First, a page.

Altered lipoprotein metabolism in transgenic mice expressing low levels of a human receptor-binding-defective apolipoprotein E variant

S. Fazio, Y. Horie, W. S. Simonet, K. H. Weisgraber, J. M. Taylor, S. C. Rall

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    Transgenic mouse lines were produced that expressed low levels of a receptor-binding-defective variant of human apolipoprotein (apo) E, apoE(Arg112, Cys142). In transgenic mice, the human apoE was produced only by the kidney, whereas endogenous mouse apoE was produced mainly by the liver. The plasma concentration of the transgenic protein was about half that of endogenous apoE. The expression of transgenic apoE did not affect total plasma cholesterol and triglyceride levels, but the distribution of the human variant differed from that of endogenous apoE in the intermediate size and density range, where the transgenic protein accumulated selectively. Immunoblots of agarose gels of lipoprotein fractions showed that the transgenic protein occurred primarily on large α-migrating particles (HDL1). This phenomenon was not observed in transgenic mice expressing normal human apoE-3, which distributed like endogenous apoE, suggesting that the defective apoE variant perturbed HDL1 metabolism. In mice fed a high- fat, high-cholesterol diet, the transgenic apoE associated primarily with the apoB-containing lipoproteins. A significantly higher increase in very low density lipoprotein cholesterol was observed in fat-fed transgenics compared to fat-fed nontransgenic mice, suggesting a metabolic perturbation of apoB- containing lipoproteins. Thus, the receptor-binding-defective variant, apoE(Arg112, Cys142), expressed at low levels by the kidney, alters lipoprotein metabolism in transgenic mice, presumably by interfering with apoE-mediated removal of the lipoproteins from circulation.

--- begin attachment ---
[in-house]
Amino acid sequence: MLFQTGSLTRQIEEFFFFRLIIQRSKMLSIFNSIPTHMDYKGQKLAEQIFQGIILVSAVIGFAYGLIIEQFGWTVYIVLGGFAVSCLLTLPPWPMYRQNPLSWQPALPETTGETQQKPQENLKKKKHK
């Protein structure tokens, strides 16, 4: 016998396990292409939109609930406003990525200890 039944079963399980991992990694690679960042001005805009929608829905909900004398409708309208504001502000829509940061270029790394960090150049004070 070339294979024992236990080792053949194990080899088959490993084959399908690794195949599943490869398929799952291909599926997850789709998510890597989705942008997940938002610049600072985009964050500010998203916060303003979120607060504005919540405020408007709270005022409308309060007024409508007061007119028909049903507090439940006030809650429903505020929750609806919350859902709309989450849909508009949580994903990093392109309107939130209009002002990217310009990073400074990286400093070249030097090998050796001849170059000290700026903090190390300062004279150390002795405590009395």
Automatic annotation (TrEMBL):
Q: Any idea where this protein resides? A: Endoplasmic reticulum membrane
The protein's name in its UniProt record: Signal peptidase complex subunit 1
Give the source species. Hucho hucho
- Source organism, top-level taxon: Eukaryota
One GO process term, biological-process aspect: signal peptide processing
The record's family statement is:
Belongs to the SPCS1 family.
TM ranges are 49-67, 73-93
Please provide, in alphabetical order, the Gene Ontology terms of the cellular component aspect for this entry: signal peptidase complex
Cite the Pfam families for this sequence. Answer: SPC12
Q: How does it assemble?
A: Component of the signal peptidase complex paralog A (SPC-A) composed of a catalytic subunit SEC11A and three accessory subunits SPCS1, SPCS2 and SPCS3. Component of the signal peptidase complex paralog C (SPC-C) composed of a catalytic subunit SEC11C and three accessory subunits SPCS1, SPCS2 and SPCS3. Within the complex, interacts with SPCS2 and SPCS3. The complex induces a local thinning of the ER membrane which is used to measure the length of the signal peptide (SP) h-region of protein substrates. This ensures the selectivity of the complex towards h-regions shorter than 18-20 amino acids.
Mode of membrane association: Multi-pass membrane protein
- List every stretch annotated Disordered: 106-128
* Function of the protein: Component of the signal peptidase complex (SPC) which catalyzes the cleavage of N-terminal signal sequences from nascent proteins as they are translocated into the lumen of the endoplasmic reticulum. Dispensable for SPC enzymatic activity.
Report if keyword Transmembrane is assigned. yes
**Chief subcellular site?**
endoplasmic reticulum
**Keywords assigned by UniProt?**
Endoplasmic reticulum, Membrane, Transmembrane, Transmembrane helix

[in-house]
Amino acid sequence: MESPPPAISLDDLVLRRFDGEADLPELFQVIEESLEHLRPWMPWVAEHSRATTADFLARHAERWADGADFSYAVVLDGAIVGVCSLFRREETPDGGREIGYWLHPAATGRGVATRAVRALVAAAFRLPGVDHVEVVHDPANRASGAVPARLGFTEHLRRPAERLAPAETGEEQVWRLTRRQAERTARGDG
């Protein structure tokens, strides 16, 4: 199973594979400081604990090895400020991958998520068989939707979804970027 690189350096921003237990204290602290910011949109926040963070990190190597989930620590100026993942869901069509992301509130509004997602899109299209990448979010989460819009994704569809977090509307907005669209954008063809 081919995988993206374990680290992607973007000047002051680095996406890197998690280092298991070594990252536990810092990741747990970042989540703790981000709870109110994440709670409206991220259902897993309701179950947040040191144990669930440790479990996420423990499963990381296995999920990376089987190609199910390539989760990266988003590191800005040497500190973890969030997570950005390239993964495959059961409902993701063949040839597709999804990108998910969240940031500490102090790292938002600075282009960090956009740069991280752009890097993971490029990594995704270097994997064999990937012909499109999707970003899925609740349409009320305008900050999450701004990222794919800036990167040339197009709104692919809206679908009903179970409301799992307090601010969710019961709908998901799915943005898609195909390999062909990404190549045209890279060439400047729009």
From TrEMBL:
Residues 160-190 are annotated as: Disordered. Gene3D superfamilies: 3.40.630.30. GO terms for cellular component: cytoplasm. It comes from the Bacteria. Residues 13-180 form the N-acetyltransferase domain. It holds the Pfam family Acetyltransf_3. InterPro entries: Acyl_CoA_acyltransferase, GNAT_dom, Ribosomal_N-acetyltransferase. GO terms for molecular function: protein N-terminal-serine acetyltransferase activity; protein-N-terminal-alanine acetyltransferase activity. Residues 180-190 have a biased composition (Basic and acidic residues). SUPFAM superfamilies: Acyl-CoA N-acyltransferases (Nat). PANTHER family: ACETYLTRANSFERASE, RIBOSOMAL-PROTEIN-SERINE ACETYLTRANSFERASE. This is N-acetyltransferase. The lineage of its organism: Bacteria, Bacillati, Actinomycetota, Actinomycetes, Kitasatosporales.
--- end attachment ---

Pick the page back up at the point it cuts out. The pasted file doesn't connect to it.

Original languageEnglish (US)
    Pages (from-to)408-416
    Number of pages9
    JournalJournal of lipid research
    Issue number3
    StatePublished - Jan 1 1994



    • dysbetalipoproteinemia
    • hyperlipoproteinemia
    • lipoprotein metabolism

    ASJC Scopus subject areas

    • Biochemistry
    • Endocrinology
    • Cell Biology

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